Health Care Manag Sci. 2022 Jun 23. doi: 10.1007/s10729-022-09604-5. Online ahead of print.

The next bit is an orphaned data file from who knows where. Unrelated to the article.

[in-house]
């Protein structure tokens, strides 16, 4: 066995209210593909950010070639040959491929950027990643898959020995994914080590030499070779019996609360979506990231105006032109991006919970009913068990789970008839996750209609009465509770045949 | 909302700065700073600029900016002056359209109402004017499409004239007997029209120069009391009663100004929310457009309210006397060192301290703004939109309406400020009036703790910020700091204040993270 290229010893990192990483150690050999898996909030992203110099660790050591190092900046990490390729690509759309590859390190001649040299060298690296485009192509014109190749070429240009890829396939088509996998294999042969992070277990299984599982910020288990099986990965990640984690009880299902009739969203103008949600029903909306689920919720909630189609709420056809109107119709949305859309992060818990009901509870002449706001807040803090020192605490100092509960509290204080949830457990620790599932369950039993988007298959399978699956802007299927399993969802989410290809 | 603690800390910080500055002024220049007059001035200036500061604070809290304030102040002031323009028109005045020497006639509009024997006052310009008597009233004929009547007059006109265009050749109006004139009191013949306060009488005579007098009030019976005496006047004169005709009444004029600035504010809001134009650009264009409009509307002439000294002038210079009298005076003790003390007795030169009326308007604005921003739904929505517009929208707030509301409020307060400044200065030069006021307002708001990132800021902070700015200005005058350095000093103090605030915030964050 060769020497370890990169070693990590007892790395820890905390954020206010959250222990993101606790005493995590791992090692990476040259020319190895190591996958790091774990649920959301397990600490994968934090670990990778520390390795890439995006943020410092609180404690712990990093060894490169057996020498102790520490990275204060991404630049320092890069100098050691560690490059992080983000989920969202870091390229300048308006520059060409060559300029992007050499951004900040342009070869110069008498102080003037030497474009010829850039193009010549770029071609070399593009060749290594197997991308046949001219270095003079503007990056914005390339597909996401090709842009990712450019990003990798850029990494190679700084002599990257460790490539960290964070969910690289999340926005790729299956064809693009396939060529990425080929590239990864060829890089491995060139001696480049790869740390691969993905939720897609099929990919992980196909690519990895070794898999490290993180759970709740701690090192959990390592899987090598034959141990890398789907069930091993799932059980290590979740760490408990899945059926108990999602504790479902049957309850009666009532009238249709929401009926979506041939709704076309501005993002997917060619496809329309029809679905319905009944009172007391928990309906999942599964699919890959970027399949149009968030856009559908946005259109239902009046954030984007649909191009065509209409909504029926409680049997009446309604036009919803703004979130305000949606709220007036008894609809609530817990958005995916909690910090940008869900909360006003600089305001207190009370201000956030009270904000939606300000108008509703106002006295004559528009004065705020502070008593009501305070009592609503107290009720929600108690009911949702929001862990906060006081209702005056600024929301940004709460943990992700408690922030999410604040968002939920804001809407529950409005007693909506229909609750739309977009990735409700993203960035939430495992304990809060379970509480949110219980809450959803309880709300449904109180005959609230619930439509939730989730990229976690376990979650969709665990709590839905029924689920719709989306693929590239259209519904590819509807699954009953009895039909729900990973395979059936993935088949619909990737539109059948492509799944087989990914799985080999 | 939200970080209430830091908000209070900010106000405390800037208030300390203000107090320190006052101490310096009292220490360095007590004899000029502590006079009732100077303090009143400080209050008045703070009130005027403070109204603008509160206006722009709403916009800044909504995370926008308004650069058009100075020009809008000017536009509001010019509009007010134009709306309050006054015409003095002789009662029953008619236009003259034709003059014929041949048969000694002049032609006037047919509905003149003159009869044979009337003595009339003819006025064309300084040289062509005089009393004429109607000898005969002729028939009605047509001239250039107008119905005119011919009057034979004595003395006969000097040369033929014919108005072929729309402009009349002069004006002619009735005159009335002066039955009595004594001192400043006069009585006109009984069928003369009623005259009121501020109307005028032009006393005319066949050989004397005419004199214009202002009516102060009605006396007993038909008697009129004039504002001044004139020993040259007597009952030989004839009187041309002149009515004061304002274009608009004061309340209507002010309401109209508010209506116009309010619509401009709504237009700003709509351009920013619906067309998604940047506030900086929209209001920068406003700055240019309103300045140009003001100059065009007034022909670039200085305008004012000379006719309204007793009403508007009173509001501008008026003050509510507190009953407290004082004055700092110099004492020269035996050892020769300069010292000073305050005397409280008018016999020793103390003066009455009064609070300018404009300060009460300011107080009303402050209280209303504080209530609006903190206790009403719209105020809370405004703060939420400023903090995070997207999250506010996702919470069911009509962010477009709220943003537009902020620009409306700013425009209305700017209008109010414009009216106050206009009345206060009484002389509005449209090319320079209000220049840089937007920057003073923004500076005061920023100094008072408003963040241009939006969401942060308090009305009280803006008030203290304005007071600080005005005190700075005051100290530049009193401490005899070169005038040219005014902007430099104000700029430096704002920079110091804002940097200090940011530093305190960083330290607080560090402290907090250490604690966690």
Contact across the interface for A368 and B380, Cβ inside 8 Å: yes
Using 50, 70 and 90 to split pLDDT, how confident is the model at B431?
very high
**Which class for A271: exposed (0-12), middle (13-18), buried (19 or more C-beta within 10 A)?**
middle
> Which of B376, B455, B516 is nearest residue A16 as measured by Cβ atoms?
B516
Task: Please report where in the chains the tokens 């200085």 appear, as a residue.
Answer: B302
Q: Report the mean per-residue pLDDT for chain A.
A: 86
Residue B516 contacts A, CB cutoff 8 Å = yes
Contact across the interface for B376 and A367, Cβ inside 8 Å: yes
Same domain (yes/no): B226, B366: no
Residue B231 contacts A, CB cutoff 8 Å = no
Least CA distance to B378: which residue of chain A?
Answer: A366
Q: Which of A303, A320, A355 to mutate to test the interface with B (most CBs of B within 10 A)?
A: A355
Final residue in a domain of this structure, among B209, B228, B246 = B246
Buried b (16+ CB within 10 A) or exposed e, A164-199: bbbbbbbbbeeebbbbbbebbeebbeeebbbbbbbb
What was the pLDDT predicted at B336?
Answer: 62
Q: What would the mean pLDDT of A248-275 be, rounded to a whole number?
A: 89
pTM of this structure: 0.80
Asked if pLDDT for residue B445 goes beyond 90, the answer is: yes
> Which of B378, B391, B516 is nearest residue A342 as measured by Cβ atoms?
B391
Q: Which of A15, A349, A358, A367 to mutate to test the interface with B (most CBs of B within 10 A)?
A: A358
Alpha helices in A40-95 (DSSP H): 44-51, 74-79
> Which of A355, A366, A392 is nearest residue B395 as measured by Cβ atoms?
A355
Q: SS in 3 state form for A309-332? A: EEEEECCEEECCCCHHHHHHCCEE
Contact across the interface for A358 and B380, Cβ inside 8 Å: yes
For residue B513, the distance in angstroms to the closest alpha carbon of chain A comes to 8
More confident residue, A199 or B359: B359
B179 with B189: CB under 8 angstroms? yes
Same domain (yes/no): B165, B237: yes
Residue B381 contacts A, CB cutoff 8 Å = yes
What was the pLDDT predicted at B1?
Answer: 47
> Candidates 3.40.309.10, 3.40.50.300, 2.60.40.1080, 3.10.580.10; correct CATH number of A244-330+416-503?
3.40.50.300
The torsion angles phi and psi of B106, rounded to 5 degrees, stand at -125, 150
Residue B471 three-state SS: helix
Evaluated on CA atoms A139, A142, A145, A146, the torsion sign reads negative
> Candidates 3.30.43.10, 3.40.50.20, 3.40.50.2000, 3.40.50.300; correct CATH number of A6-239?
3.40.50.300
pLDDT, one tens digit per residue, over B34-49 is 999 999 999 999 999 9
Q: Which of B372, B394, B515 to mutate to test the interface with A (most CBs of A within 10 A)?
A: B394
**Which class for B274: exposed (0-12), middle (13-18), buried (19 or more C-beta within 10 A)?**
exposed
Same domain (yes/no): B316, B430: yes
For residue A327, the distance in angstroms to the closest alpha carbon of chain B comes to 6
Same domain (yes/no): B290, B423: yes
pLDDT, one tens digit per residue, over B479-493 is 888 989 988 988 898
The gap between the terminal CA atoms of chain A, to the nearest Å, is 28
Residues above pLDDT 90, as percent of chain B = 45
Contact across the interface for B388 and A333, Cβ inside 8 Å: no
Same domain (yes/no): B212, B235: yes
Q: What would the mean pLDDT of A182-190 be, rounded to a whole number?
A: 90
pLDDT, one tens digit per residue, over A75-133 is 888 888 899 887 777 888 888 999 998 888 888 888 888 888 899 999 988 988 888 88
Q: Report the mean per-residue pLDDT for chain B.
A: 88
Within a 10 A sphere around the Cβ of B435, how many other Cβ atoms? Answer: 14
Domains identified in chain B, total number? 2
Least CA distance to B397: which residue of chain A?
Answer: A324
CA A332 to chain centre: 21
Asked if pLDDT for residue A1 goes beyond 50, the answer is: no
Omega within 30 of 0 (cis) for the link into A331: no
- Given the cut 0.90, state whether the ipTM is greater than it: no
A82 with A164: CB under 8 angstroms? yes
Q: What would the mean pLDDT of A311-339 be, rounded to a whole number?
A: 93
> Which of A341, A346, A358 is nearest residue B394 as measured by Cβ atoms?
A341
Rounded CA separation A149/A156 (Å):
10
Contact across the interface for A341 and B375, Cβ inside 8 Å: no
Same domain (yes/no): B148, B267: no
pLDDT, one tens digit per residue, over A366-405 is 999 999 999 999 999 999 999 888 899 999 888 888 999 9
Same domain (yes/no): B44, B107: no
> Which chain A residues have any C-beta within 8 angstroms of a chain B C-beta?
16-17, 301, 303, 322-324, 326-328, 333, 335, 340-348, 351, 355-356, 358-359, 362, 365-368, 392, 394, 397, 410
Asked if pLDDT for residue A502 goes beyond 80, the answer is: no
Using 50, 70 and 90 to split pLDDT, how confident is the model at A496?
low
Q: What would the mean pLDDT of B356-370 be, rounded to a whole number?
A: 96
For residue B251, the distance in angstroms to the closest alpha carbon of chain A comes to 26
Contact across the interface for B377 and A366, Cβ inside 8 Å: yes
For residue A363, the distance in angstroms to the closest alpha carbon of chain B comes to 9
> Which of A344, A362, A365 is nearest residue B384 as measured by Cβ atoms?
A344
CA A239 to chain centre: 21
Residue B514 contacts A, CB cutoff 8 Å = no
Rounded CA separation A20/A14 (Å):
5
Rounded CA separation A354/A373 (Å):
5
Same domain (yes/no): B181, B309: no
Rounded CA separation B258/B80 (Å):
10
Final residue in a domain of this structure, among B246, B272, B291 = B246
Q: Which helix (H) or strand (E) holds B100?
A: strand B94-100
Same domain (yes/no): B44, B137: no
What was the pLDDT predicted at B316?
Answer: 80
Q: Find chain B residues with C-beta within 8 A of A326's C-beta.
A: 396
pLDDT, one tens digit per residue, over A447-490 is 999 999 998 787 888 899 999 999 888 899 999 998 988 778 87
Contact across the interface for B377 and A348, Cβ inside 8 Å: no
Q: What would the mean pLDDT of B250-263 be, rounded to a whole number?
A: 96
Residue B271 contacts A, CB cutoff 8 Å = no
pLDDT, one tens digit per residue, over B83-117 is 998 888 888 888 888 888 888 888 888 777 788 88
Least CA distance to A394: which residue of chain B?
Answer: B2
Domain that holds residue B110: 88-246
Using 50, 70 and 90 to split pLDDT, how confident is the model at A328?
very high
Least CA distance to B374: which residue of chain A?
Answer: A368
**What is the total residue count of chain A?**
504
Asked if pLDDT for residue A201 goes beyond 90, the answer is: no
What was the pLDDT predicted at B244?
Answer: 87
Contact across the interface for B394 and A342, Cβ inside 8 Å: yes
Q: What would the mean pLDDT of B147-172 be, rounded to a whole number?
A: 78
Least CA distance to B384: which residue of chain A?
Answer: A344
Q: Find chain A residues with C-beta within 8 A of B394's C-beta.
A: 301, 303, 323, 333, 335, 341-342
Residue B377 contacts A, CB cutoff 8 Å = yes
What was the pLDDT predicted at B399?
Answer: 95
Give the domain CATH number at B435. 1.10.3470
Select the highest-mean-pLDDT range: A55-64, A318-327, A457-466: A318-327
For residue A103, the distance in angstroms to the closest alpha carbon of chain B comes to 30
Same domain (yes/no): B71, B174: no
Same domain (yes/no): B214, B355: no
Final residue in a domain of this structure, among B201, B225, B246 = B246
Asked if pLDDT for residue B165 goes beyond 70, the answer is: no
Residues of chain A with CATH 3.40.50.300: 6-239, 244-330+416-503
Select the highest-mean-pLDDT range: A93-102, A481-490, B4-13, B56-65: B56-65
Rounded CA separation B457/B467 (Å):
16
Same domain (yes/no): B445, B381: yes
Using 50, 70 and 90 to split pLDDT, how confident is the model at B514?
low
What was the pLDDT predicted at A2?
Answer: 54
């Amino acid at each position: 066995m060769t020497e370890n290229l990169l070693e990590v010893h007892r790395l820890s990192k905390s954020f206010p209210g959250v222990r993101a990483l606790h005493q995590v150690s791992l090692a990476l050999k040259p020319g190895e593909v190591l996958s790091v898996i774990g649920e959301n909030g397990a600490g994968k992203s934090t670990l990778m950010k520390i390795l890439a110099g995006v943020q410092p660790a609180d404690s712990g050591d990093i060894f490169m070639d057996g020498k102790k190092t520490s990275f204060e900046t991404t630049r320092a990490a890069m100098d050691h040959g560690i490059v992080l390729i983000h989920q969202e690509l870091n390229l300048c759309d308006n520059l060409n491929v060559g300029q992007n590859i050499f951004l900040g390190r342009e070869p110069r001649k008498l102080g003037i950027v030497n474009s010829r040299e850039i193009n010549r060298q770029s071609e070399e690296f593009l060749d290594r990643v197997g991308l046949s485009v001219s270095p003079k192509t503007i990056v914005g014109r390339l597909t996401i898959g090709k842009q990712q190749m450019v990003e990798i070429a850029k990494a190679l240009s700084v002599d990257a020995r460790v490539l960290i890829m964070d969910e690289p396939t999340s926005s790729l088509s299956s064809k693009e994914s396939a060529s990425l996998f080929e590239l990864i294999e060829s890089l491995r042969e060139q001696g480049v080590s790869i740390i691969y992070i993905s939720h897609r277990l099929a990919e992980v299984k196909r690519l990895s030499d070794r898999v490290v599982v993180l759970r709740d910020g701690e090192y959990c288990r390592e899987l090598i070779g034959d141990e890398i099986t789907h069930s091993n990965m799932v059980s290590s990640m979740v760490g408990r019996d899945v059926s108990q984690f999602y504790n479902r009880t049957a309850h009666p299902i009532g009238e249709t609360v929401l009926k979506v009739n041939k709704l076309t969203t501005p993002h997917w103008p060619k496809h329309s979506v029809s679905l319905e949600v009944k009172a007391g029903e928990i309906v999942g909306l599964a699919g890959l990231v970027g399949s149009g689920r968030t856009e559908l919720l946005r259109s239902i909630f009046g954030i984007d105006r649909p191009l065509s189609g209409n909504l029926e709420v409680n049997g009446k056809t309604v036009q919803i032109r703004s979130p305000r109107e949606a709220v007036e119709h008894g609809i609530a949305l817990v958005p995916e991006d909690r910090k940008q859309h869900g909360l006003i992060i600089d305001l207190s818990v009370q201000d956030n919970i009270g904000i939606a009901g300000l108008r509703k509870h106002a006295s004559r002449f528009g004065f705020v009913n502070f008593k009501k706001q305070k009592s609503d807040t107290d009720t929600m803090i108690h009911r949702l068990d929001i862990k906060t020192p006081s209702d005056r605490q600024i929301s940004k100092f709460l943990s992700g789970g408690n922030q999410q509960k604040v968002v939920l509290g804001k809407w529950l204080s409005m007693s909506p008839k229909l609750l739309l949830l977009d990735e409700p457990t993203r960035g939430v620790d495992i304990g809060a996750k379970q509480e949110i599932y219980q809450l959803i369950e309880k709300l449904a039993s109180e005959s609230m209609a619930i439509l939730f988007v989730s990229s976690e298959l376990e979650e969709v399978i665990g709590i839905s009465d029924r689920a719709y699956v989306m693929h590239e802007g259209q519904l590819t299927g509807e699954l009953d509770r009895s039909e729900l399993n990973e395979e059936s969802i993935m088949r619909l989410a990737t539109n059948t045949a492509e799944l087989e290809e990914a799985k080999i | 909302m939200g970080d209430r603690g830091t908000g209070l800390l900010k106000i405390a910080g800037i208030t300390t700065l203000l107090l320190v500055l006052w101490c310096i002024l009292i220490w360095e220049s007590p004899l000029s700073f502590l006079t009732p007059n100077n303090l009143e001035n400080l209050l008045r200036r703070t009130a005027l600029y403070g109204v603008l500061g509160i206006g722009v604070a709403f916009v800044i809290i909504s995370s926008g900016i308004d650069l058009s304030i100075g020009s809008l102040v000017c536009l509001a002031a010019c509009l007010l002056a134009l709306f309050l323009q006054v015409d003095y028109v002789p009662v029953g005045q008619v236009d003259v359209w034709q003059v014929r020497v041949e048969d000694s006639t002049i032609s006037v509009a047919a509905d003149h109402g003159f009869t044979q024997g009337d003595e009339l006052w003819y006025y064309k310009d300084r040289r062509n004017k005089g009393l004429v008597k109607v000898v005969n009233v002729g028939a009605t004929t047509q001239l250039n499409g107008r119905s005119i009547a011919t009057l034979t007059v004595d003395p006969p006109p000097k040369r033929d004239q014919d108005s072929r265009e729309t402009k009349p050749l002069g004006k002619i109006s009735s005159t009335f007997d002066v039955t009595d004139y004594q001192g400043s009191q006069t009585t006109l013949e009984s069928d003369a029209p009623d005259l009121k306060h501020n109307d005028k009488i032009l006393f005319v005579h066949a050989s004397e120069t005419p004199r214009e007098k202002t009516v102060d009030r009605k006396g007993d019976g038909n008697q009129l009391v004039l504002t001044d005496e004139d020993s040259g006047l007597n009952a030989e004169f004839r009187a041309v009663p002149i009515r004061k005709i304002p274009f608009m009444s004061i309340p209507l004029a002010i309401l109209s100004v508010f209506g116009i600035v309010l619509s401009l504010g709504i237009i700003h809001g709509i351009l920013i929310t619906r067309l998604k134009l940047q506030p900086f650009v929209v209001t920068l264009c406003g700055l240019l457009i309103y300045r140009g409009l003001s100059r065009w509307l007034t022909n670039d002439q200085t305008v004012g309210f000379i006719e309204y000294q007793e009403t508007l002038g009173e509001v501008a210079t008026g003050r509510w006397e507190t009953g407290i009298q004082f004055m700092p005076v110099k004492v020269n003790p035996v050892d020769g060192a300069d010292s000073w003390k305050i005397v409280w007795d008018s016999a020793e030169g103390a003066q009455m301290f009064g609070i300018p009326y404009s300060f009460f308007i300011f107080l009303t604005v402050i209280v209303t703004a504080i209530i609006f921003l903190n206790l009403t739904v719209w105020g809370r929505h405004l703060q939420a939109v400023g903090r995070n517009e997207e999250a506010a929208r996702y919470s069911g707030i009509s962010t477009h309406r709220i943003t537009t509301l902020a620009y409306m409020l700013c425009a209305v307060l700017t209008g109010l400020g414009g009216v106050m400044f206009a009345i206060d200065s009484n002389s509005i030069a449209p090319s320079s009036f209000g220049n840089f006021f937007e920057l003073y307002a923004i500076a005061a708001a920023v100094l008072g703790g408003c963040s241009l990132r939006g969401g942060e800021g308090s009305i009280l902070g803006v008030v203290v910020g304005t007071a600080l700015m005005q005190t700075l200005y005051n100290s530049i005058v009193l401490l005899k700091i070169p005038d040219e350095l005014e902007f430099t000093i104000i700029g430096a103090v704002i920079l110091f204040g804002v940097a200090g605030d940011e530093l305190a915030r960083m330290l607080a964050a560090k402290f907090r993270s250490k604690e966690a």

Many public health policymaking questions involve data subsets representing application-specific attributes and geographic location. We develop and evaluate standard and tailored techniques for clustering via unsupervised learning (UL) algorithms on such amalgamated (dual-domain) data sets. The aim of the associated algorithms is to identify geographically efficient clusters that also maximize the number of statistically significant differences in disease incidence and demographic variables across top clusters. Two standard UL approaches, k means with k++ initialization (k++) and the standard self-organizing map (SSOM), are considered along with a new, tailored version of the SOM (TSOM). The TSOM algorithm involves optimization of a customized objective function with terms promoting individual geographic cluster cohesion while also maximizing the number of differences across clusters, and two hyper-parameters controlling the relative weighting of geographic and attribute subspaces in a non-Euclidean distance measure within the clustering problem. The performance of these three techniques (k++, SSOM, TSOM) is compared and evaluated in the context of a data set for colorectal cancer incidence in the state of California, at the level of individual counties. Clusters are visualized via chloropleth maps and ordered graphs are also used to illustrate disparities in disease incidence among four identity groups. While all three approaches performed well, the TSOM identified the largest number of disease and demographic disparities while also yielding more geographically efficient top clusters. Techniques presented in this study are relevant to applications including the delivery of health care resources and identifying disparities among identity groups, and to questions involving coordination between county- and state-level policymakers.